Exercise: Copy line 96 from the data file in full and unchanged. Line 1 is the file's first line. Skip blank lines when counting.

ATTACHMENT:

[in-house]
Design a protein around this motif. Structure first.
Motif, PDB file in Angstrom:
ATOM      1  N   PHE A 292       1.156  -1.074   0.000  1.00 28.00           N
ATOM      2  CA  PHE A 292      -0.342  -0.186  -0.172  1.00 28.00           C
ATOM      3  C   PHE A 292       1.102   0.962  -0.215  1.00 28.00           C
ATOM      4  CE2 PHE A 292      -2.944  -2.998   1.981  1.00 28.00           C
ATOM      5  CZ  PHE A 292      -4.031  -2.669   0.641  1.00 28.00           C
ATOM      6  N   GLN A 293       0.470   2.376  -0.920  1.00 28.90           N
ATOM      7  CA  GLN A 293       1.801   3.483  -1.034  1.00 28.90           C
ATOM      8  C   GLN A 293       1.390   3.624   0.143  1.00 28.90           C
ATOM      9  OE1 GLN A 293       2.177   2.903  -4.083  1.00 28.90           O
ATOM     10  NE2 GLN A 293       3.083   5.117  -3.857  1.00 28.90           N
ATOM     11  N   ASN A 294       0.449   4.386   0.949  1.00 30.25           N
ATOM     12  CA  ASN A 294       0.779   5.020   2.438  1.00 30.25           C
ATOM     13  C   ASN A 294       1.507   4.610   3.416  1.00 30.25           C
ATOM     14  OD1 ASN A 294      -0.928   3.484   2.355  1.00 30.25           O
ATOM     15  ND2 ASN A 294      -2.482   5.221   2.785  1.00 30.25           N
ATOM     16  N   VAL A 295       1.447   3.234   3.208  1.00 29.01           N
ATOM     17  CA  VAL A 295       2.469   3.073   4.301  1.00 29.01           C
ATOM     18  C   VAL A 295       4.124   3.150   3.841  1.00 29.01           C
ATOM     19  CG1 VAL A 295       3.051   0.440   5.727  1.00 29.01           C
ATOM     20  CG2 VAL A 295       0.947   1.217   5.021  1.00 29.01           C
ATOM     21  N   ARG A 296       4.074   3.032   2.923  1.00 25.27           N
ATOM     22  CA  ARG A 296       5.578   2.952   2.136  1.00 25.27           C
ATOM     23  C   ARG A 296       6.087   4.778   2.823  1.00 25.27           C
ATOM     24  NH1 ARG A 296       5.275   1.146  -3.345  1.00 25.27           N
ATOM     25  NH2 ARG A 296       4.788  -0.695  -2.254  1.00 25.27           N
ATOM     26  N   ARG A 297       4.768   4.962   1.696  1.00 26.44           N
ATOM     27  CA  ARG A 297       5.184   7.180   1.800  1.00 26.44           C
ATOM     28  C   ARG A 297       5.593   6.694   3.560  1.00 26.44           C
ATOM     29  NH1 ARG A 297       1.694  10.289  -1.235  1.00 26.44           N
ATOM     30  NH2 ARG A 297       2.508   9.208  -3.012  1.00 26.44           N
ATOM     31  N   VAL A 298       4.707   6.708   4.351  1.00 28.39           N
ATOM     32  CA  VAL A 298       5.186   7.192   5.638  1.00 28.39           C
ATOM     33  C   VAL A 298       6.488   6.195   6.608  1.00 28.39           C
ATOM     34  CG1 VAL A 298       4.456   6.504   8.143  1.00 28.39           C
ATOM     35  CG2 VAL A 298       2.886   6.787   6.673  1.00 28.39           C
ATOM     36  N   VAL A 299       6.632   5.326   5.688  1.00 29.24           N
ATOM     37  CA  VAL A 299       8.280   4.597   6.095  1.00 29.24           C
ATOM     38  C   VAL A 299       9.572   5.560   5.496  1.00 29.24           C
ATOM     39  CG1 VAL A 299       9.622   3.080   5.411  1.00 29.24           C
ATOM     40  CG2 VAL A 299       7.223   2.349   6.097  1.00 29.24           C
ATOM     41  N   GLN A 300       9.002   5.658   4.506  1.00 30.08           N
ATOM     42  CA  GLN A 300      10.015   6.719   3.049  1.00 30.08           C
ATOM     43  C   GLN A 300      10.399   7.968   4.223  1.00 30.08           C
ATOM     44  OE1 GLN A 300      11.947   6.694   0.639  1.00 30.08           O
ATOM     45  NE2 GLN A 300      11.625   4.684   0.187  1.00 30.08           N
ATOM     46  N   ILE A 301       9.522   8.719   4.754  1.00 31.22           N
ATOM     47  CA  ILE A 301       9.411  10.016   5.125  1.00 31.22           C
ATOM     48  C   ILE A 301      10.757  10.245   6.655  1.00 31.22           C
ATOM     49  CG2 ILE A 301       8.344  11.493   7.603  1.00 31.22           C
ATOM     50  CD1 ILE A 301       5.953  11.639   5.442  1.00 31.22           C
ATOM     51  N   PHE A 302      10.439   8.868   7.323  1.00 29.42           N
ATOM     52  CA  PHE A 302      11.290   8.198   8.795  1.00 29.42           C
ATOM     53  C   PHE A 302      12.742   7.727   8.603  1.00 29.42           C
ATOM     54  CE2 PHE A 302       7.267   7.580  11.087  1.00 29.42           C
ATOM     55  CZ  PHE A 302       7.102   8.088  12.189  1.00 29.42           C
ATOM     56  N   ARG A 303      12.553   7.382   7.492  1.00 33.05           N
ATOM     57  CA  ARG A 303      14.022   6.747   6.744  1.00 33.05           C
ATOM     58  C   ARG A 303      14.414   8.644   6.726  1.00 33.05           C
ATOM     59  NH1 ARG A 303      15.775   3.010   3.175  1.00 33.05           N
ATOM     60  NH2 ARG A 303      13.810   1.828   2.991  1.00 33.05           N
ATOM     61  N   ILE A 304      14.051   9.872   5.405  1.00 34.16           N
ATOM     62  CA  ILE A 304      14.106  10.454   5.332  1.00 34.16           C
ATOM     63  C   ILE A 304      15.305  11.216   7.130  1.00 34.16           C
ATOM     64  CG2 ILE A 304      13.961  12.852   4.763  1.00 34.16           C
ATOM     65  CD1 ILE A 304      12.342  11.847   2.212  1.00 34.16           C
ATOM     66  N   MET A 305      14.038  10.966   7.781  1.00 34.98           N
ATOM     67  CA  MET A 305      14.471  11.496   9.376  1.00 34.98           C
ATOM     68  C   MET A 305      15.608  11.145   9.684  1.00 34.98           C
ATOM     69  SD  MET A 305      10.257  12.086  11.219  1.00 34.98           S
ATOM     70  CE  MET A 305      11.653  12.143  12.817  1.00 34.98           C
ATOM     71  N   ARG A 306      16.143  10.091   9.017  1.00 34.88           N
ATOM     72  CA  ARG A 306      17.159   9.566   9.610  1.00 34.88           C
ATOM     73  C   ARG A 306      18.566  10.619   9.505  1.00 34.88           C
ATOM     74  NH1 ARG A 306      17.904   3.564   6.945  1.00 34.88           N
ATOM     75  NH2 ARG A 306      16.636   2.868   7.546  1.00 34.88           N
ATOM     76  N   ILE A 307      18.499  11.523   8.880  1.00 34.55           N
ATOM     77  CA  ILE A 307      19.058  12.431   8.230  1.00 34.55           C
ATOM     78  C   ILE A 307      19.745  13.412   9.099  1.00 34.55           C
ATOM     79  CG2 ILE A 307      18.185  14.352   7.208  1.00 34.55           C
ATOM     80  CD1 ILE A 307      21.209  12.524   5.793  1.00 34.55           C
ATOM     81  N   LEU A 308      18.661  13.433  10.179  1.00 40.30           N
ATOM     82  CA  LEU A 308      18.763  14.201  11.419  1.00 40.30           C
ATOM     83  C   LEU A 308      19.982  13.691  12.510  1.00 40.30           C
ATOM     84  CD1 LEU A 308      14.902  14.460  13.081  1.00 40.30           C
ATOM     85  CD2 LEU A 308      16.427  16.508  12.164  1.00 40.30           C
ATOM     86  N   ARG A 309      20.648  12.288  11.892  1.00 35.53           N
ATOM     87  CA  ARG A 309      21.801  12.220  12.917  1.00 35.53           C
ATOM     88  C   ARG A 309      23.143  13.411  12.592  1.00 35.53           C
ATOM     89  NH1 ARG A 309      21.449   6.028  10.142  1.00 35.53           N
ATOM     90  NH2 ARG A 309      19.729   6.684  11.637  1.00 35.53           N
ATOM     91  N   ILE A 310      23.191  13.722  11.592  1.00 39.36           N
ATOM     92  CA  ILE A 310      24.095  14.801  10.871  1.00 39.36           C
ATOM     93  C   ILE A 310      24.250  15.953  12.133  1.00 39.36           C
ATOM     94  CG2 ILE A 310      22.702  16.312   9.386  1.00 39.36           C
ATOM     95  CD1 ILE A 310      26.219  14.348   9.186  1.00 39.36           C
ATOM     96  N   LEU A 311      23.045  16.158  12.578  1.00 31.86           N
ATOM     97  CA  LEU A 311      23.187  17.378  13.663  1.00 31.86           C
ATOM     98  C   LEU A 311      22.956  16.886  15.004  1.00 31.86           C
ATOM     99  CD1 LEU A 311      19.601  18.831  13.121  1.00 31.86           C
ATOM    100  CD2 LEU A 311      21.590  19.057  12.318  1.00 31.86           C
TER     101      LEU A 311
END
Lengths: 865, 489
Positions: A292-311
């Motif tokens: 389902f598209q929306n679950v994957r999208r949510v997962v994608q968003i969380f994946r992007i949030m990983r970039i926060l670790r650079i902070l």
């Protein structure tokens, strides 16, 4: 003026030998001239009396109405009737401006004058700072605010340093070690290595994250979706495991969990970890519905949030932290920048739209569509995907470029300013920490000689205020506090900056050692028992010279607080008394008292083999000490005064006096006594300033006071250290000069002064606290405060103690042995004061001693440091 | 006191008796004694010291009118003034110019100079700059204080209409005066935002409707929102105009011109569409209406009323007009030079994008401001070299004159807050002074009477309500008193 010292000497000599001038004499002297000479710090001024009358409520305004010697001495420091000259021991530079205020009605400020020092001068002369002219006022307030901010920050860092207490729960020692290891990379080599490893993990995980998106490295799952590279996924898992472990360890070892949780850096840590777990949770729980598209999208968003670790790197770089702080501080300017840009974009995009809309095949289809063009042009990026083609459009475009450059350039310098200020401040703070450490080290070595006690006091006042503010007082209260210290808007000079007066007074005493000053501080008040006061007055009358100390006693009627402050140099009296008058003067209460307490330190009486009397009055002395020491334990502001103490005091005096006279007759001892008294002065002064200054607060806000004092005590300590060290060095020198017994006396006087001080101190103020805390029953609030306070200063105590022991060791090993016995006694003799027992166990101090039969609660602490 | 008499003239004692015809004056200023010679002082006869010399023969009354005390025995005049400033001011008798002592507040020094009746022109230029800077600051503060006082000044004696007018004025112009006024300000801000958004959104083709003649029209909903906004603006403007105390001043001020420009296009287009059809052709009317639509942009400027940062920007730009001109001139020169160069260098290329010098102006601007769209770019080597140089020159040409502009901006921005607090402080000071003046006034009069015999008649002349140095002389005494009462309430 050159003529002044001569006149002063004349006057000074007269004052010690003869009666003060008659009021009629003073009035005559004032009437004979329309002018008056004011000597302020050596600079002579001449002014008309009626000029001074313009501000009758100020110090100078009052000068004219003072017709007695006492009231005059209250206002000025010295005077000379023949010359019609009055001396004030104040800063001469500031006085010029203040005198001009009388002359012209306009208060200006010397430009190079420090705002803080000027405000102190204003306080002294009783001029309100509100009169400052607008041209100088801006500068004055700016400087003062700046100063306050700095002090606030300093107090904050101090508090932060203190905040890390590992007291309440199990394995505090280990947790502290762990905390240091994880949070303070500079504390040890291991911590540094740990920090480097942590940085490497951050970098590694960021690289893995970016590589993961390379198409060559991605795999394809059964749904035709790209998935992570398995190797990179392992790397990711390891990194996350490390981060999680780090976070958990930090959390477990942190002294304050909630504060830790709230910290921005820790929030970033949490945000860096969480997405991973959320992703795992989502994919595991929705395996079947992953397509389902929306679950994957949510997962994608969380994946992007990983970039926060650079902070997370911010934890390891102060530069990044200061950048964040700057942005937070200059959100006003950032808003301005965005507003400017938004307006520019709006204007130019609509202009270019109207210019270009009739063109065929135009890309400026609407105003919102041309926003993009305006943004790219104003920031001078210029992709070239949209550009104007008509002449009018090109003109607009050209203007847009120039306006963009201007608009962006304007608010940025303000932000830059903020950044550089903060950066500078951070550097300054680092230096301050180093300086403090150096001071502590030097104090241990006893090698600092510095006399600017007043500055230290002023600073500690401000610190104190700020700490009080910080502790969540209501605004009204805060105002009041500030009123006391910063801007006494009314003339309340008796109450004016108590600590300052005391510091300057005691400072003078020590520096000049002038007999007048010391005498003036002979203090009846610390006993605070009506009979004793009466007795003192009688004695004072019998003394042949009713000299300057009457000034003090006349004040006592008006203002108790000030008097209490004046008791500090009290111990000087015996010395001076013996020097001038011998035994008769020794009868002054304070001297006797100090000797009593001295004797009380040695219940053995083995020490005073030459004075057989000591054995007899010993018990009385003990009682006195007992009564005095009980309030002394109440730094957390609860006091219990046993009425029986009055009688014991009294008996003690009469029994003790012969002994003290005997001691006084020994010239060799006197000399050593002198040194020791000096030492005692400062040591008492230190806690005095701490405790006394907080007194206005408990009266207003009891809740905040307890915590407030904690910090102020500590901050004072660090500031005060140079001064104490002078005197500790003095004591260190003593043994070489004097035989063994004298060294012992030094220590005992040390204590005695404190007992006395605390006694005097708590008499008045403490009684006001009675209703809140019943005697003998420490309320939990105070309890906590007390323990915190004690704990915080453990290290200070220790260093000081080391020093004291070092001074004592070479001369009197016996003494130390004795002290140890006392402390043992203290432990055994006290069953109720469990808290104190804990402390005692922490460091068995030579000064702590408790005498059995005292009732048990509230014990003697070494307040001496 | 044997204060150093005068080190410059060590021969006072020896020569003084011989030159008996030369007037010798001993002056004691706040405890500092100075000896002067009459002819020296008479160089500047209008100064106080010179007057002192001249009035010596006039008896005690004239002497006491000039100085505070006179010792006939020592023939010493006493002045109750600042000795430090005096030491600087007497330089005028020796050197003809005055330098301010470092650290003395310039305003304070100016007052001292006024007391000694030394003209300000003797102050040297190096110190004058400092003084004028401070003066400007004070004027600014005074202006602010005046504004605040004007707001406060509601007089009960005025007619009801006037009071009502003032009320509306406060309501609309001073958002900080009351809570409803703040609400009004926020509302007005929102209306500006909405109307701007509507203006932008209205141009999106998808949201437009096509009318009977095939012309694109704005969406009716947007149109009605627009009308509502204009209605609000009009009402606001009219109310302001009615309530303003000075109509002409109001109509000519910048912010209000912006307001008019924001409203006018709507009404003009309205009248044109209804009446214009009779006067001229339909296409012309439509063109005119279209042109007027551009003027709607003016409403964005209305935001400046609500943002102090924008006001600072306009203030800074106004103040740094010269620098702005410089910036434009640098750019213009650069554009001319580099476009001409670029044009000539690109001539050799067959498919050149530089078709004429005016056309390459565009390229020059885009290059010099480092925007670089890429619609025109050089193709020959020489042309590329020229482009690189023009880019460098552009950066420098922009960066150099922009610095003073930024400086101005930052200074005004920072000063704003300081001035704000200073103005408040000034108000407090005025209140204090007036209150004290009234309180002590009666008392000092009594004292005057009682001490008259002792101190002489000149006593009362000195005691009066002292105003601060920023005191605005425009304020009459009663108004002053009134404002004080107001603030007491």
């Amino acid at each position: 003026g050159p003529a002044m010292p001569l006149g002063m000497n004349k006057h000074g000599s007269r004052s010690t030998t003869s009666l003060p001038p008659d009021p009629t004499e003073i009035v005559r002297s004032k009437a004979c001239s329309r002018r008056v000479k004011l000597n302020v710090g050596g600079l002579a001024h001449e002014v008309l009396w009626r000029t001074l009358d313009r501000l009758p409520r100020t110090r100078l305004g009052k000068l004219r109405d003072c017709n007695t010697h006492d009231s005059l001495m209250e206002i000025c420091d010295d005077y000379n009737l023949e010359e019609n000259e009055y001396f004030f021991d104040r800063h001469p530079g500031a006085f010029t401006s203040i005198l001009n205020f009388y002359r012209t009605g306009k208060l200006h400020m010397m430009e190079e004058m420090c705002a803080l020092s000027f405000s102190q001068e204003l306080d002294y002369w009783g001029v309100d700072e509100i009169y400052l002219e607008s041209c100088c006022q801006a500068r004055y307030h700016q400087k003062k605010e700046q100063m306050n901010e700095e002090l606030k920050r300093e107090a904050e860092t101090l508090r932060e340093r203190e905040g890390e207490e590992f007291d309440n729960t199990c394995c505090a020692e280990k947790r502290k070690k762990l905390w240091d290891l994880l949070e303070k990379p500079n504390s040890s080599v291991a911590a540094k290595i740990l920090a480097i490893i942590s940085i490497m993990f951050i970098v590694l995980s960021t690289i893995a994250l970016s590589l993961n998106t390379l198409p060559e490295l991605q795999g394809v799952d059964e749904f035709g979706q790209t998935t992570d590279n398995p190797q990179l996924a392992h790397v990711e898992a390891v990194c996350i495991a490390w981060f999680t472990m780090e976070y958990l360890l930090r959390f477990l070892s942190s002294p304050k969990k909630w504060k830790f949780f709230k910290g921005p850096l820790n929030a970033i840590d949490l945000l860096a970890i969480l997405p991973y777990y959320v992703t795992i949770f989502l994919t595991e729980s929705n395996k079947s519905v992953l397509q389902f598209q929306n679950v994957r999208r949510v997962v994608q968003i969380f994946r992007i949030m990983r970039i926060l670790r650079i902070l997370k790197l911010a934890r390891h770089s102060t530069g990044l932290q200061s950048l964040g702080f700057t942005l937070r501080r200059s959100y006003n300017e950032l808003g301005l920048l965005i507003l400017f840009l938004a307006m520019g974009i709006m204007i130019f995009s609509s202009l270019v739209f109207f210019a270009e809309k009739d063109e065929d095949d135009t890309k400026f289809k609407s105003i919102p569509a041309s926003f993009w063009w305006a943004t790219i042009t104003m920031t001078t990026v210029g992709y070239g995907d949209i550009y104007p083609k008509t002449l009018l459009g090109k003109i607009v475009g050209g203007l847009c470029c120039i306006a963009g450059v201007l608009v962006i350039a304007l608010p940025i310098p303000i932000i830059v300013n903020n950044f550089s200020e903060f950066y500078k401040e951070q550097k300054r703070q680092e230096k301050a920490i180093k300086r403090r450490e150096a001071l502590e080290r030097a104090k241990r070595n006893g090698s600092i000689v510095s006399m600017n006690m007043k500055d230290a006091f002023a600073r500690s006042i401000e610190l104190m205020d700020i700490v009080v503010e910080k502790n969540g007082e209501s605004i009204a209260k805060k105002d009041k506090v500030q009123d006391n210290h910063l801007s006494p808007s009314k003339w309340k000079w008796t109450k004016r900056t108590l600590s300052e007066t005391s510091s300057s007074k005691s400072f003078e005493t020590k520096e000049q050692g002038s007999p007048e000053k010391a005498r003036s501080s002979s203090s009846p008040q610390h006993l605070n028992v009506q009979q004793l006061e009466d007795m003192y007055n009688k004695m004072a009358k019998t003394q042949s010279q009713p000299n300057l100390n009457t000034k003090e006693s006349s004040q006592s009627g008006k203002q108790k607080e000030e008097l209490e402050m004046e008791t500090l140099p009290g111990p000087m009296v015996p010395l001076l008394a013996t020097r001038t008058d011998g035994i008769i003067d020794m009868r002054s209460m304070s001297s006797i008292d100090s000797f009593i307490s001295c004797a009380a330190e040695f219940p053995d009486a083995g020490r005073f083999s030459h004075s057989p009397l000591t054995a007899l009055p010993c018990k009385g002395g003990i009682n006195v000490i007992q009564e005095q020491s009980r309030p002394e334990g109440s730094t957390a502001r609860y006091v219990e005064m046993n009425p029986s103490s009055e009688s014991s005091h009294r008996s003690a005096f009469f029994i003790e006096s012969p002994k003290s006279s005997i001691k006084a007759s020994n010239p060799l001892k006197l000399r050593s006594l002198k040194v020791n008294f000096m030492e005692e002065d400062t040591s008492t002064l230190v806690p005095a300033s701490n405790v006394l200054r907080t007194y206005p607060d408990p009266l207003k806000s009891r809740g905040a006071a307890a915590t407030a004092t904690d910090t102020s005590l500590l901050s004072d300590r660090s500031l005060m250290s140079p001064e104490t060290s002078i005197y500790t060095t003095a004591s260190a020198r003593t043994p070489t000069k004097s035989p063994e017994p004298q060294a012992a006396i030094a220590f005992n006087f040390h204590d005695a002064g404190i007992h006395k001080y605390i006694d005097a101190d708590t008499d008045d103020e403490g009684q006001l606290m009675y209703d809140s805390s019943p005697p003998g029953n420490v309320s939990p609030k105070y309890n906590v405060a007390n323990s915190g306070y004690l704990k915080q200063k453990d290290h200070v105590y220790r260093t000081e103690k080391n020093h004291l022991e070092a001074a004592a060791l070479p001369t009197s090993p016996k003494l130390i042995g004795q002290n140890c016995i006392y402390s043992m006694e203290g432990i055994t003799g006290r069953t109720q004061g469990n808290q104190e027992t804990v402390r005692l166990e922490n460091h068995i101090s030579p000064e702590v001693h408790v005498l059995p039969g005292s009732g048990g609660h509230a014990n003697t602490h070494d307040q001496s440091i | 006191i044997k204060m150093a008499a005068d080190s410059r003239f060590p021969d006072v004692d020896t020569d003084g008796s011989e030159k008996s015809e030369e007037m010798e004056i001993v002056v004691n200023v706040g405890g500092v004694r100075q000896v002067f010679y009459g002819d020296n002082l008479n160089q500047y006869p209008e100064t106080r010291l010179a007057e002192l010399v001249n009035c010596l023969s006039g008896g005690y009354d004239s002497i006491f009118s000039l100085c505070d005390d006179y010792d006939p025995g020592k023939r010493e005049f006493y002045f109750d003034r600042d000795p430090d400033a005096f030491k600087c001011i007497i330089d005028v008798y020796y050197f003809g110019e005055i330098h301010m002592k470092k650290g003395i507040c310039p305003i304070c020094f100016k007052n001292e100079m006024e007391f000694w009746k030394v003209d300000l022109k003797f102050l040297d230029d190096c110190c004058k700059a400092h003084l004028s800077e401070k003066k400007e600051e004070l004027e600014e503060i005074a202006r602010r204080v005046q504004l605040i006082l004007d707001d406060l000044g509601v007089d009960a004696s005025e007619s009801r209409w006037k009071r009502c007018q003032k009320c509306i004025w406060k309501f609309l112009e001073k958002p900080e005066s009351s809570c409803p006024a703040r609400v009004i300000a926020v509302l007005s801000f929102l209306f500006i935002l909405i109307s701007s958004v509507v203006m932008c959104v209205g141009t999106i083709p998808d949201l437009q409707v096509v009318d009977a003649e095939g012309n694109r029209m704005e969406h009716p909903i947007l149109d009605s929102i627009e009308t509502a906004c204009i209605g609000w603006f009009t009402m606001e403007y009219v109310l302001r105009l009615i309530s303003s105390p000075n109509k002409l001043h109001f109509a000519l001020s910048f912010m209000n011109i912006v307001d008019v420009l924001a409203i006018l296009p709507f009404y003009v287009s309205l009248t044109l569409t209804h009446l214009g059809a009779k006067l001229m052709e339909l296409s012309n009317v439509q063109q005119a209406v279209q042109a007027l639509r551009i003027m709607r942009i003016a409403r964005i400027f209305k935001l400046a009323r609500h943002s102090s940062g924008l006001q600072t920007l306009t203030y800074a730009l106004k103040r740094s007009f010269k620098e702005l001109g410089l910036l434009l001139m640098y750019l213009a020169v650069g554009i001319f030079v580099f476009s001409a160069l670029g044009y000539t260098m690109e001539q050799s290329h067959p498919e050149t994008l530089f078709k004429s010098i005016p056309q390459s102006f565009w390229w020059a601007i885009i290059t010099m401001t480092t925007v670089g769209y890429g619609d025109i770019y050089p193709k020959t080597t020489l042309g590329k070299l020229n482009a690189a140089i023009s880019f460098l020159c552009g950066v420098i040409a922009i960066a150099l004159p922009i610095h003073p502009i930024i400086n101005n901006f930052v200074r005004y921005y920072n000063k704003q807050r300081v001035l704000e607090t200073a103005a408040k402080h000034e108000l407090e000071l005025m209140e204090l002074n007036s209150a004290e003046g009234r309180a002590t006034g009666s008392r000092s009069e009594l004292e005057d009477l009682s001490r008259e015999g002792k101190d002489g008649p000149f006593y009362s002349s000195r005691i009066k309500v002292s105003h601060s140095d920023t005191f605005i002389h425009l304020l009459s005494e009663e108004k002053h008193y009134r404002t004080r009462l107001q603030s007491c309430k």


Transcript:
ATOM     93  C   ILE A 310      24.250  15.953  12.133  1.00 39.36           C